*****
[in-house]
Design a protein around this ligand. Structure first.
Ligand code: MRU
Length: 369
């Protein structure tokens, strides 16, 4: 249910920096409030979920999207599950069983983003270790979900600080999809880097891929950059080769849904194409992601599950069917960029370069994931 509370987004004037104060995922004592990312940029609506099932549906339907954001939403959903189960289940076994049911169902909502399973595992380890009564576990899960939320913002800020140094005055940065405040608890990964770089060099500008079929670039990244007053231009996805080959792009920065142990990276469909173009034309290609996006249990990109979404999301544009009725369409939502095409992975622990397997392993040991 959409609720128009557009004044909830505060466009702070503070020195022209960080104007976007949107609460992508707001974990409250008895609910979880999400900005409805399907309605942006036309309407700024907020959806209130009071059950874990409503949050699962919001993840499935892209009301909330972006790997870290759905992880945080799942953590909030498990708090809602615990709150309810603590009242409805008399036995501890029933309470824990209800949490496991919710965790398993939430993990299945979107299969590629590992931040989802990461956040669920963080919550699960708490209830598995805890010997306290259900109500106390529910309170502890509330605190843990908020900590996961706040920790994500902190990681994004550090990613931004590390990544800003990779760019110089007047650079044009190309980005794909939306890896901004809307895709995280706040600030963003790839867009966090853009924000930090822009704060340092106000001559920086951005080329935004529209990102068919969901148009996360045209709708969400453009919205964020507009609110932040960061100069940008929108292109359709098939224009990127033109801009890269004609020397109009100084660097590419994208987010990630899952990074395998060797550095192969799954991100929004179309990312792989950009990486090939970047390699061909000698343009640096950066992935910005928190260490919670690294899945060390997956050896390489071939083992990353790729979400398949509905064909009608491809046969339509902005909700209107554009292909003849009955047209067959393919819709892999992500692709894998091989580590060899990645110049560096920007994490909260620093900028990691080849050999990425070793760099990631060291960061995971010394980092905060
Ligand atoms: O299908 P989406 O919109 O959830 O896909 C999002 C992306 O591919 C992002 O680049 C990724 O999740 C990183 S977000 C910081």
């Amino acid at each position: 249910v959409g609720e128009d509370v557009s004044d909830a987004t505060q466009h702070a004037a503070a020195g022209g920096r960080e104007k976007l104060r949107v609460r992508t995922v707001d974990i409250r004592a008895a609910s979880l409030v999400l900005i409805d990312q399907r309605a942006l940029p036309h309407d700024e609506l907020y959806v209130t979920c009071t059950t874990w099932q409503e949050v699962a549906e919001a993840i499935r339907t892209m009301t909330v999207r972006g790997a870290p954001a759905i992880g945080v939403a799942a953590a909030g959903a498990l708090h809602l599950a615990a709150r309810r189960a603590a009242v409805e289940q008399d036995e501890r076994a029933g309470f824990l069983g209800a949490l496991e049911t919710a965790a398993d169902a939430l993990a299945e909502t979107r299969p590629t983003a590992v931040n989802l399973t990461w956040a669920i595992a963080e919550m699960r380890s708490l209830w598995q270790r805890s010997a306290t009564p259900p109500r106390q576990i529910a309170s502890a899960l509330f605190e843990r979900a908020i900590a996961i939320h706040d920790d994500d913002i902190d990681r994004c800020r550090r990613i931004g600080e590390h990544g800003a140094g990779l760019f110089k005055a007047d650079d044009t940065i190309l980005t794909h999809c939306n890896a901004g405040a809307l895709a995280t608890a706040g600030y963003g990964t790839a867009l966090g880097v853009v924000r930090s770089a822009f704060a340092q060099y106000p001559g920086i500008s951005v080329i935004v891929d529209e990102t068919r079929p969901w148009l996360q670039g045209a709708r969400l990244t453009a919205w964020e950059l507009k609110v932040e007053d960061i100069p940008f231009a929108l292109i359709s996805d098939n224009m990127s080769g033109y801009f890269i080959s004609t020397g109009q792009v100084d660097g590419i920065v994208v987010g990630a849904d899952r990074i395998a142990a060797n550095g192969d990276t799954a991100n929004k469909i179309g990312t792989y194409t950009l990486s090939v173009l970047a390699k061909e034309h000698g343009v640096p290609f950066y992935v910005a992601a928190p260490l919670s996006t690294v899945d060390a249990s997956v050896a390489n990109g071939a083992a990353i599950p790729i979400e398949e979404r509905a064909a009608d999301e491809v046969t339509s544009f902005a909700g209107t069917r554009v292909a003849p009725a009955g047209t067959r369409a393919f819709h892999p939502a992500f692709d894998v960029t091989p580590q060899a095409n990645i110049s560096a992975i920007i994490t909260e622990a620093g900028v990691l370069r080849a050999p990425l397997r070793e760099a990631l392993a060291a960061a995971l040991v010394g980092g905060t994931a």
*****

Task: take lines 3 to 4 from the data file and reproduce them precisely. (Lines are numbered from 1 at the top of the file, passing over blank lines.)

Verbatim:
Ligand code: MRU
Length: 369